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Operation Wolf was a massive hit in arcades when it was released in 1987. Although the concept of light gun games wasn’t a new one, Taito’s imposing arcade cabinet (replete with uber-cool replica Uzi) certainly made a lasting impact on gamers worldwide. Predictably, it was ported to pretty much every home format in existence, including the NES.

First impressions of the NES version aren’t good. The visuals are, on the whole, abysmal. The task of taking the arcade original’s bold and colourful graphics and shoehorning them into the creaking NES hardware was obviously too much for the developers; the colour limitations mean that every environment is made up of what seems like three or four different shades and enemy sprites lack detail and shamble along thanks to some particularly stilted animation.

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Aurally things aren’t much better, with weedy sound effects failing to make up for the lack of in-game music. This is one game that you may seriously consider turning the sound off for, lest the constant noise of tinny gunfire and flatulent explosions render you insane.

It’s only when playing a game like Operation Wolf on home hardware that you realise just how much of the game’s appeal was down to the extravagances of the arcade; without the Uzi, it’s effectively nothing. The NES original offered both Zapper and joypad support, with neither option really managing to satisfy the player. The original Zapper was notorious for its loud, clicking trigger, which also showcased an insane amount of travel. This meant that rapid firing was off the menu, and in a game like Operation Wolf you need to keep up your rate of fire if you really want to succeed. As you might expect, playing a light gun game with the joypad reduces it to an exercise in pointlessness; it’s far too fiddly and inaccurate to permit serious play.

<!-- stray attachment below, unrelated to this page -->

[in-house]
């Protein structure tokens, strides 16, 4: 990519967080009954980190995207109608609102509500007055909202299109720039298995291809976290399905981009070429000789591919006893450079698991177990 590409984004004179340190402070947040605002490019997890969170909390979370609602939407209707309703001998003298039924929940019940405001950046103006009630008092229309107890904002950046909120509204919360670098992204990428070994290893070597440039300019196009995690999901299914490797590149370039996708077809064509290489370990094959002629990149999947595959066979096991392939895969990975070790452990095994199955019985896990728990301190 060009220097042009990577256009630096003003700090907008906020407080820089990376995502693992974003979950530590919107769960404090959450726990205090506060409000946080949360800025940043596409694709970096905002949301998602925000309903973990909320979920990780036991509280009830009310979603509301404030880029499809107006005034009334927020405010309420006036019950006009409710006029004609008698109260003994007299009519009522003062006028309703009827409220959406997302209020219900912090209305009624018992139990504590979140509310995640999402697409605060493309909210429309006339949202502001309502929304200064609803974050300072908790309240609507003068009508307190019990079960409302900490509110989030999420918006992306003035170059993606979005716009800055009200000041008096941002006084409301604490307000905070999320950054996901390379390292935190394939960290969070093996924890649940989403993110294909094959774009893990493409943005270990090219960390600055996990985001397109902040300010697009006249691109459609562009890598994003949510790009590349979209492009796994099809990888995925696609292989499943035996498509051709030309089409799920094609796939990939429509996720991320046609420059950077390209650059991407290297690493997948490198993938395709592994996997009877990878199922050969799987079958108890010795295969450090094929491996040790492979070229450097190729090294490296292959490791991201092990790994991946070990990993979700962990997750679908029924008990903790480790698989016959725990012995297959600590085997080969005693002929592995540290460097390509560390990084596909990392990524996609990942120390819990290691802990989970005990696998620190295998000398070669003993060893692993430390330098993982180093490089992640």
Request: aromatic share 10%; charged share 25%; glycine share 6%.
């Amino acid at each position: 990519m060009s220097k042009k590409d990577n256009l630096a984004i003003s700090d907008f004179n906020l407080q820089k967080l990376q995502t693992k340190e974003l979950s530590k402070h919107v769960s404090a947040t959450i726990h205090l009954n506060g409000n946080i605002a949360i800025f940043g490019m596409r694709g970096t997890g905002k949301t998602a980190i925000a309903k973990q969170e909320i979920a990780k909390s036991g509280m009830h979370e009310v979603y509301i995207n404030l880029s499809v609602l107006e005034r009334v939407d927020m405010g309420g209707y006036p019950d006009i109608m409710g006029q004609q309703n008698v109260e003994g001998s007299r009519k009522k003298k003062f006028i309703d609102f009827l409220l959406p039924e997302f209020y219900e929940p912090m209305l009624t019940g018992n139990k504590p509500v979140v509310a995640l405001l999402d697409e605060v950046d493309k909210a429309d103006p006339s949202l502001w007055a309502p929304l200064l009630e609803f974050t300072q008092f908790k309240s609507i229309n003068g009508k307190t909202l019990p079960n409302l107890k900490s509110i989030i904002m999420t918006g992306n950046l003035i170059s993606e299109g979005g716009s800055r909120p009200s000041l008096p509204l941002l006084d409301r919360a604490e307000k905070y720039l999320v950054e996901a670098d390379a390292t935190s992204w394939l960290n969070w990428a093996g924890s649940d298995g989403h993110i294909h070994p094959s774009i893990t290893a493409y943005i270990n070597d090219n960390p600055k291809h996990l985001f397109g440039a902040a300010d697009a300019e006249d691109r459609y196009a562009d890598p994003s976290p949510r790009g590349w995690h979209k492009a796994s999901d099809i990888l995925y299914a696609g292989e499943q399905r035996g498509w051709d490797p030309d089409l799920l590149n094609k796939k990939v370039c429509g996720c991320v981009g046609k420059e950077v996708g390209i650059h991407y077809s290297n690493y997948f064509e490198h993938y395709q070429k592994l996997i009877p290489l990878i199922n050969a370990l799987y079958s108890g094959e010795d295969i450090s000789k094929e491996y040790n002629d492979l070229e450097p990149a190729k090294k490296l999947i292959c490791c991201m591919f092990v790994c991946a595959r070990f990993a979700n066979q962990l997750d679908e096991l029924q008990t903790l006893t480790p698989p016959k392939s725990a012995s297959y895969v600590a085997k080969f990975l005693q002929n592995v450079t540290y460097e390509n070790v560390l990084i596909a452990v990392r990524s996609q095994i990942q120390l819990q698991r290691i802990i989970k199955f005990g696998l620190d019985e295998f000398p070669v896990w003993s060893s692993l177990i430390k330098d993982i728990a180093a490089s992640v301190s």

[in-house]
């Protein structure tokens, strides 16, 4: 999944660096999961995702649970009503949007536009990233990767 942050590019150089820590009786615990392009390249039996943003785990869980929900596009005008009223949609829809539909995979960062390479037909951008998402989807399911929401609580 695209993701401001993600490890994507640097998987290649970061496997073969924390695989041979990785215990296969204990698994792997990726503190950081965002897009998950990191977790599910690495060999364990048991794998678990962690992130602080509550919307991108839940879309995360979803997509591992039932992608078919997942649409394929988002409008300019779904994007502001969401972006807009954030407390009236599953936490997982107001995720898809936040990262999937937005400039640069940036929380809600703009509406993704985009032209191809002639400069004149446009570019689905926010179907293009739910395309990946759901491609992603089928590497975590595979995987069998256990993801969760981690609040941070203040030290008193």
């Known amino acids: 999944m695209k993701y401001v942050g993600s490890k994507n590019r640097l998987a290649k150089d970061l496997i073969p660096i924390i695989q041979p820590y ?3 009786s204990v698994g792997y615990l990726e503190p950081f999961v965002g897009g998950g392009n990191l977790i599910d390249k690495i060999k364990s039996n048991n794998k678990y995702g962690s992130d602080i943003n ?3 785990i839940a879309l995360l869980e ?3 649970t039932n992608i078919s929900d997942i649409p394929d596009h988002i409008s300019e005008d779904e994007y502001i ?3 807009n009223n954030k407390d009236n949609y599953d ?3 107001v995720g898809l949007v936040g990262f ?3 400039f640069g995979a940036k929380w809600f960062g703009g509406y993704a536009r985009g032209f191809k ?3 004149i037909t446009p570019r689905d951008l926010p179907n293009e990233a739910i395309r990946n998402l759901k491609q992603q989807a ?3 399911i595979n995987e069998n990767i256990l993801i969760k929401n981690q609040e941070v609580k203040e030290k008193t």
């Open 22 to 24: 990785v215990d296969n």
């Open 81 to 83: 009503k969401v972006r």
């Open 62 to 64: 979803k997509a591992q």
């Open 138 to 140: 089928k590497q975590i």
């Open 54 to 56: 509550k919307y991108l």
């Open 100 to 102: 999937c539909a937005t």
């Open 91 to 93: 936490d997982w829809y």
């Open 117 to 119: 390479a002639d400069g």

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This Virtual Console edition only supports the 'pad' option, which makes it even less appealing than the already dire NES version. With the new-look Zapper currently available in stores worldwide, you can't help but feel that Nintendo has missed a golden opportunity here. The game sucks, but I'm sure many people would have given this a chance had it offered Wiimote pointer functionality.


If you happen to harbour fond memories of the arcade version then please do not go anywhere near this dire conversion as it will bear no resemblance to the game you once loved.